Assia Jassioukevitch was just 14 when the Nazis arrived at her Ukrainian village. She survived a mass execution of the village’s Jews, only to be captured and deported to a ghetto.
Now 88 and in poor health, Assia lives in Berlin and receives a monthly pension from the Claims Conference, which helps her manage day-to-day.
When Nazi Germany invaded the Soviet Union in June 1941, young Assia Ardermann’s family was living in Kodyma, a village in the Odessa region of Ukraine, which also was a Soviet military base.
Several weeks later, Wehrmacht and SS soldiers arrived and began shooting the village’s Jewish men. After Assia’s father escaped one execution, he fled with her to a nearby village, but they were discovered and forced by the SS into a ditch to be shot dead along with other Jews. Miraculously, they both survived, faking death until dark and then escaped from the pile of corpses.
“My father and I were caught and beaten by the Germans,“ Assia said. “We were shot in a ravine — a mass grave — but we survived and in the night we climbed out from the pile of dead bodies and we escaped.“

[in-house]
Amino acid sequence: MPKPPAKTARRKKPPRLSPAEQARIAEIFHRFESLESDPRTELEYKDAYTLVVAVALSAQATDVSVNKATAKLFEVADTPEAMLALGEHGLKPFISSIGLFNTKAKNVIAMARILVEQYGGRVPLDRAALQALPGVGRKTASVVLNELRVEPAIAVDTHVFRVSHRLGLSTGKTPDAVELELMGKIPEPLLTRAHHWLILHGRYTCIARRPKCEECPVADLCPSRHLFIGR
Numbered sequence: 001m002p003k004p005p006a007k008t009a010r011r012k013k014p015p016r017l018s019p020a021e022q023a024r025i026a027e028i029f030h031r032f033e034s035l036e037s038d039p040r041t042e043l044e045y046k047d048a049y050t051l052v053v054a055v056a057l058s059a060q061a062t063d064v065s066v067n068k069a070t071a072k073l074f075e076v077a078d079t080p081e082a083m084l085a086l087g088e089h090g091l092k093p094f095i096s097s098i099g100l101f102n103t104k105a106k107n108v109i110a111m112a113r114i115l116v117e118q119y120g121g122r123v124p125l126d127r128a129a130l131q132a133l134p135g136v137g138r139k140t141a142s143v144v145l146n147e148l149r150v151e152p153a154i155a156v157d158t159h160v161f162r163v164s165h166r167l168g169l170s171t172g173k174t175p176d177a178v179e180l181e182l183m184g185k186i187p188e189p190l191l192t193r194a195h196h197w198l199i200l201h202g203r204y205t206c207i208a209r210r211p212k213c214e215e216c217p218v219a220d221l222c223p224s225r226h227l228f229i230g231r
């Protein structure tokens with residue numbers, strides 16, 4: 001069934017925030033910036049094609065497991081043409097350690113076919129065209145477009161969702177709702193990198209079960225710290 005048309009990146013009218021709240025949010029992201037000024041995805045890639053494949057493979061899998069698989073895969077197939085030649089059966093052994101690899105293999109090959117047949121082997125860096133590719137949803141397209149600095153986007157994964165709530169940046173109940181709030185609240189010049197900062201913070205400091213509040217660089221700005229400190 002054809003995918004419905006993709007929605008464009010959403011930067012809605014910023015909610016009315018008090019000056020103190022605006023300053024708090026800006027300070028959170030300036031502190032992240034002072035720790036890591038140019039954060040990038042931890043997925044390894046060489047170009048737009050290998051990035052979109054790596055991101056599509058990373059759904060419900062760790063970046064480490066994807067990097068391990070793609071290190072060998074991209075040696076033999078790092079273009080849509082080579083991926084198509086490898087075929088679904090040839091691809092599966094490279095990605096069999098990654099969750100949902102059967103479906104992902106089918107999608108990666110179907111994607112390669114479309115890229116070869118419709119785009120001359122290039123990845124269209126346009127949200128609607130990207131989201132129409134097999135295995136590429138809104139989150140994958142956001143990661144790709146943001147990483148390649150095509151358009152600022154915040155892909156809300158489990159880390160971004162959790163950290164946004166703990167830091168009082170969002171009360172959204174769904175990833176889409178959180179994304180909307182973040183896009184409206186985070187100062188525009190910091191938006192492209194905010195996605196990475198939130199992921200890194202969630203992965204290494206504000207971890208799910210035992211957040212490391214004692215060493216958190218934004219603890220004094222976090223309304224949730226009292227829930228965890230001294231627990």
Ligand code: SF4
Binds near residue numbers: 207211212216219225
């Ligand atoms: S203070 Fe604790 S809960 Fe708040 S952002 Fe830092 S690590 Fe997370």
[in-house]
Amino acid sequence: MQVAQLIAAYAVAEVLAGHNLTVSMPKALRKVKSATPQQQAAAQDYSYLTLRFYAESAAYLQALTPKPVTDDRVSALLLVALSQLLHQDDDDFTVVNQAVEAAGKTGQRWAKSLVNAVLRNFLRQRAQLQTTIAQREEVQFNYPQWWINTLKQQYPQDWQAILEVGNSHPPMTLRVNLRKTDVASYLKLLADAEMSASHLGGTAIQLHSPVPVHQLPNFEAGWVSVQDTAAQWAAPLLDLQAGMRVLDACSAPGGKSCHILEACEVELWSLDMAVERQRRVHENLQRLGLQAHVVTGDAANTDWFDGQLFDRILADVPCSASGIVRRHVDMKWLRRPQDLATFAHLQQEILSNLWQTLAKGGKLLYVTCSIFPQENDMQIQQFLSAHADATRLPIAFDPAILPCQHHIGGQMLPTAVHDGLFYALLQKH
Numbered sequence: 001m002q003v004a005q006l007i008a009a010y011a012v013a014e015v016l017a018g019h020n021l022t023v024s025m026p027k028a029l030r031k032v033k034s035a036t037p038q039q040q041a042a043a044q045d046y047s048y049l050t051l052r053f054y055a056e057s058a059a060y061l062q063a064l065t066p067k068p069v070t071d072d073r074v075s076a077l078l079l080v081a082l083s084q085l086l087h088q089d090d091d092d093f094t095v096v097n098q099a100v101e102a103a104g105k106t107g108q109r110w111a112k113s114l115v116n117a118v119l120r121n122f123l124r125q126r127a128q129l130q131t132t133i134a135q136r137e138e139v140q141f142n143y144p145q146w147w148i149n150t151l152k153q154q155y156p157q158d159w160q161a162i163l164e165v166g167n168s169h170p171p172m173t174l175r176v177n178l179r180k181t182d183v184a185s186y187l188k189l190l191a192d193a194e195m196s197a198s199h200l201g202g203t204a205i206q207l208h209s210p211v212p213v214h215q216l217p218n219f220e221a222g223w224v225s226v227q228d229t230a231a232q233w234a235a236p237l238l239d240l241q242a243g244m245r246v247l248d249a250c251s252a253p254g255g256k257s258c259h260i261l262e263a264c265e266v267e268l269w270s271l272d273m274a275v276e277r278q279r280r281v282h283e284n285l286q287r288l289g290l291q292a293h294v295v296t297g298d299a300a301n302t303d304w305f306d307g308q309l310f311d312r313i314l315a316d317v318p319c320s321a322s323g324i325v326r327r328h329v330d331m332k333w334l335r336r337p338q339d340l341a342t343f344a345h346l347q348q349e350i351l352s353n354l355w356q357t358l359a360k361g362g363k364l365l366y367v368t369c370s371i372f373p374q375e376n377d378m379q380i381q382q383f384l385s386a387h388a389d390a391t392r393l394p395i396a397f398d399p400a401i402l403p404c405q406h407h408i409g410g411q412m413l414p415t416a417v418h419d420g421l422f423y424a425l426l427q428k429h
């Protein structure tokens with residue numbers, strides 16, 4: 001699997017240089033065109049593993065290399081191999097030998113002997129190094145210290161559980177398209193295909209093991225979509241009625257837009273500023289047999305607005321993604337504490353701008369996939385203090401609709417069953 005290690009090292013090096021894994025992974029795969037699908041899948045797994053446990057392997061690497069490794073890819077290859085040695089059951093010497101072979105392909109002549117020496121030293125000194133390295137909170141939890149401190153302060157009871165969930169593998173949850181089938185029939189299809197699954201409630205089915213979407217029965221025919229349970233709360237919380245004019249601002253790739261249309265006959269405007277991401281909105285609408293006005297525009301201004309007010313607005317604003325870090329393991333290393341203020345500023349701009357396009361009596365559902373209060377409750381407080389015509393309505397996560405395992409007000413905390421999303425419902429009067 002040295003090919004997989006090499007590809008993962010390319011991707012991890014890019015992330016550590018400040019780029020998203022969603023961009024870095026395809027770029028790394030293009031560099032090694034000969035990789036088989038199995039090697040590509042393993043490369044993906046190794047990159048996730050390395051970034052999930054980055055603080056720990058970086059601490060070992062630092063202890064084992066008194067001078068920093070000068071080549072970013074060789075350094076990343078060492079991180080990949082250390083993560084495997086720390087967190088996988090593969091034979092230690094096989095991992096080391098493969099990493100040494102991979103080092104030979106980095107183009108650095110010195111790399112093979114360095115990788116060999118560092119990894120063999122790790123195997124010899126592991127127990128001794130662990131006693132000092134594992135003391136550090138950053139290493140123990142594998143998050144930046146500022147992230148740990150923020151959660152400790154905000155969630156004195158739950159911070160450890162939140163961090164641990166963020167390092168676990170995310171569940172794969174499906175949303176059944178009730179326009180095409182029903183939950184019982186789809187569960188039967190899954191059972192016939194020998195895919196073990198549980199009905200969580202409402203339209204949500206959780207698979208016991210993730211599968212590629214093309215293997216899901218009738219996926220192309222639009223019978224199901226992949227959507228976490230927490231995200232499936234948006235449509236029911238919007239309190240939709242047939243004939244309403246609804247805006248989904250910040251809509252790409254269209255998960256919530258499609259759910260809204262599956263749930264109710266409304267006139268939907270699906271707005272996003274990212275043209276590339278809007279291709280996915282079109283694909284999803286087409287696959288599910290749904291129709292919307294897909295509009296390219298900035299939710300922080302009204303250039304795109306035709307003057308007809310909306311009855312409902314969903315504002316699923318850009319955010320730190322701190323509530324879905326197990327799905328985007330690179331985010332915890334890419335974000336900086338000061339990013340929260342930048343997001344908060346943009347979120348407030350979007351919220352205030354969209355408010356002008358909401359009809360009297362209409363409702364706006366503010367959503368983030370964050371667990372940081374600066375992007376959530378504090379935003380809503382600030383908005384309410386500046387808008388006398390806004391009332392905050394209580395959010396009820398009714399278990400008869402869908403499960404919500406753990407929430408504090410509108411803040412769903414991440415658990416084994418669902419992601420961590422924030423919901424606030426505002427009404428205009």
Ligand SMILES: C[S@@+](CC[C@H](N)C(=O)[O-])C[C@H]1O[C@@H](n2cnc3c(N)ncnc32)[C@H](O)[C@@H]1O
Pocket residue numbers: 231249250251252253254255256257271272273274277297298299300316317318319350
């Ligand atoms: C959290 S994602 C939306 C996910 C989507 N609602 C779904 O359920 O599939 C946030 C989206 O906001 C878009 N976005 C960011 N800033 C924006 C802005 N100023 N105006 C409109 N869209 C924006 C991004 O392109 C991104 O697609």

But they were soon caught by the Germans. Assia and her father were then sent to a ghetto in Transnistria, where the teenager was forced to do heavy labor until the Soviet Army liberated the ghetto in August 1944.
Now living in Berlin, where she moved in 1998, Assia is widowed and severely disabled with a weak heart and arthritis that makes mobility a challenge. Some of her conditions are a consequence of the harsh conditions she suffered under Nazi occupation.
Assia’s son lives nearby and sees her often; her grandchildren visit every other year from Odessa.
The pension she receives from the Article 2 Fund helps her pay for expenses and has gone a long way in lessening her financial worries and helping her live in dignity.